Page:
An ode to Hashie

I was building an API wrapper this weekend. As is common when writing these sorts of things, I found myself needing something that takes semi-structured data (hashes parsed from JSON) and yields Ruby objects that are easy to work with. I’ve always found myself hacking these sorts of things together on a somewhat ad-hoc basis. It’s a fun, but a bit of a yak-shave.

This time around, I decided to see if the state of the art has advanced in this realm. Luckily, I reviewed Wynn Netherland’s slides from Lone Star Ruby Conference and found exactly what I needed.

Where have you been all my life?

Intridea’s Hashie is a library built on the notion of making hash-like data structures act a little more like objects and a little easier to work with. I have literally wanted something like this for years!

Suppose you have a hash like the following:

hash = {
  "name" => "Adam",
  "age" => 31,
  "url" => "http://therealadam.com"
}

Coding up an object to store that isn’t too hard, but writing the code that pulls values out of the Hash and tucks them away in the right attribute on the object gets tedious quickly. Hashie’s Dash class makes this trivial.

class User >Hashie::Dashie
  property :name
  property :age
  property :url
end

Its even more delightful to use:

user = User.new(hash)
user.name # => "Adam"

Tons of boilerplate code, eliminated. My life is instantly better.

A great use of inheritance

It’s been pointed out that ActiveRecord’s use of inheritance is somewhat specious. To argue that “user is-a ActiveRecord::Base” takes a bit of hand-waving. So lately, you’ll find lots of libraries insinuate themselves into classes as a mixin, rather than as a parent class. This is a little bit of you-say-potato-I-say-potato, but whatever.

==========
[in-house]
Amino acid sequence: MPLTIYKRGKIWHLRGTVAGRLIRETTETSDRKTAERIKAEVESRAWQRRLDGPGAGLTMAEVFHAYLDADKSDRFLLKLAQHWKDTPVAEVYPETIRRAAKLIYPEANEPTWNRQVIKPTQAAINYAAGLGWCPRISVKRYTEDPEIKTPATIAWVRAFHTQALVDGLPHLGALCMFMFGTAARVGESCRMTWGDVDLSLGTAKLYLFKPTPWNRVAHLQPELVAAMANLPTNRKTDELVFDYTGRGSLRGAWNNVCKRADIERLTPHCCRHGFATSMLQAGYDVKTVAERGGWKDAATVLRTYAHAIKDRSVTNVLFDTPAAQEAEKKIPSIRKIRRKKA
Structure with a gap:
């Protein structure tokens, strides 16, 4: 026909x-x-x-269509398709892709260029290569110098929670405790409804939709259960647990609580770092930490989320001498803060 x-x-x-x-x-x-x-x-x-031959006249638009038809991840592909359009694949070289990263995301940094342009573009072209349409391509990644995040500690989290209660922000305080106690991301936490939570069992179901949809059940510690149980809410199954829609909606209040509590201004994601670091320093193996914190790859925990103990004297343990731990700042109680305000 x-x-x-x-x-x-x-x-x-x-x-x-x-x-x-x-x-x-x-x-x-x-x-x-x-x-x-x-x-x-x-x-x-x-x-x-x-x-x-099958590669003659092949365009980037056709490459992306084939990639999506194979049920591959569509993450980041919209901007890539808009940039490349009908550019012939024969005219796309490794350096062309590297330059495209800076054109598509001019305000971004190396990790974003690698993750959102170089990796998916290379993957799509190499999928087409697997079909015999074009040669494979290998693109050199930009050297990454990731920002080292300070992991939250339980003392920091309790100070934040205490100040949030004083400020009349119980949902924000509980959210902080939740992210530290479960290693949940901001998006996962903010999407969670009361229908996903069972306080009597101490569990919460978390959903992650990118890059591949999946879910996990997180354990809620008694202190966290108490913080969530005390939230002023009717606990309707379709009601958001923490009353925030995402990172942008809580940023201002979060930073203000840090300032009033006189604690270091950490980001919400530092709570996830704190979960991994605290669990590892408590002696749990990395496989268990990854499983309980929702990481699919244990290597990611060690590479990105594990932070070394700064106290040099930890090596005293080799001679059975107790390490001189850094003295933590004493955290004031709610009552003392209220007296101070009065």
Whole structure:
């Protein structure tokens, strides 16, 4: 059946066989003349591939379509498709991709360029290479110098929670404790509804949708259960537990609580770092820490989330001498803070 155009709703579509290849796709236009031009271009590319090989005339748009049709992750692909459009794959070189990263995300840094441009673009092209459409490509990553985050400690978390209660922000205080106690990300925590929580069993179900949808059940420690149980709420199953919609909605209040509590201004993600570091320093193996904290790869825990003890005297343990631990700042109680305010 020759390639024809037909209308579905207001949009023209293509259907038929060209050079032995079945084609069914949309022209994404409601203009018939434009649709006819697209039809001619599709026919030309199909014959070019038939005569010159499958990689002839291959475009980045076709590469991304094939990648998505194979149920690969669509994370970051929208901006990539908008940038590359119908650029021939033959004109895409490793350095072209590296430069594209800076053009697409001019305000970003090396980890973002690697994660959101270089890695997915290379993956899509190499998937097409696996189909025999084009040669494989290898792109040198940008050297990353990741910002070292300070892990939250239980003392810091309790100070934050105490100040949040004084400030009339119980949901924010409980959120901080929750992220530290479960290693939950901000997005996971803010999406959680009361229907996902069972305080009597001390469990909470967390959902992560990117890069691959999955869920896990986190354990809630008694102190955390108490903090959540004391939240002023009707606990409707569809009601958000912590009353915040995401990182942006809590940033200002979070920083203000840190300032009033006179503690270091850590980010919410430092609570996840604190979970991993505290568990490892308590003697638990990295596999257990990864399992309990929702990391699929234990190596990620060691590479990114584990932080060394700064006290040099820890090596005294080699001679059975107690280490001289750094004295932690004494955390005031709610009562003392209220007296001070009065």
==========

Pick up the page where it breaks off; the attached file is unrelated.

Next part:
In Hashie’s case, I think that inheritance is being used correctly. All of the classes that Hashie provides (Mash, Dash, Trash and Clash) inherit from Hash. So the is-a relationship holds.

Sugary data structures taste great

While I’m going on about inheritance, here’s how I used to create these sorts of wrapper classes:

User = Struct.new(:name, :age, :url)

For creating simple objects that just need to hold onto some data, I really like this approach. If they end up needing data, it can easily grow up:

class User < Struct.new(:name, :age, :url)
  # Behavior goes here
end

I like what Hashie is doing even more though. Its enhancing a core class in a largely unobtrusive way, and doing so from the confines of a library that only those who need it can pull from.

I’d love to see more libraries like this that add extra sass to Ruby core library. An Array that pages values out to disk on an LRU-basis perhaps, or a bloom-filter based Set, perhaps?

I’m excited about languages like Erlang, Haskell, Scala, and Clojure and what they can bring to the adventurous developer. Despite that, I feel strongly that Ruby still has plenty of really nifty tricks up its sleeve.

2 comments

  1. kylichuku · September 12, 2010

    How is it better than inheriting User class from OpenStruct?

  2. Adam Keys · September 12, 2010

    Using Mash is a lot like inheriting from OpenStruct. Dash, Trash, and Clash add defined properties, translatable properties (userName -> user_name) and chainable query building (user.name("adam").age(31) -> {:name => "adam", :age => 31}).

    Sugar aside, inheriting from Mash, Dash, Trash or Clash means your object is a Hash, so you can use any Hash method you’ve come to know and love in addition to the object-like shortcuts.

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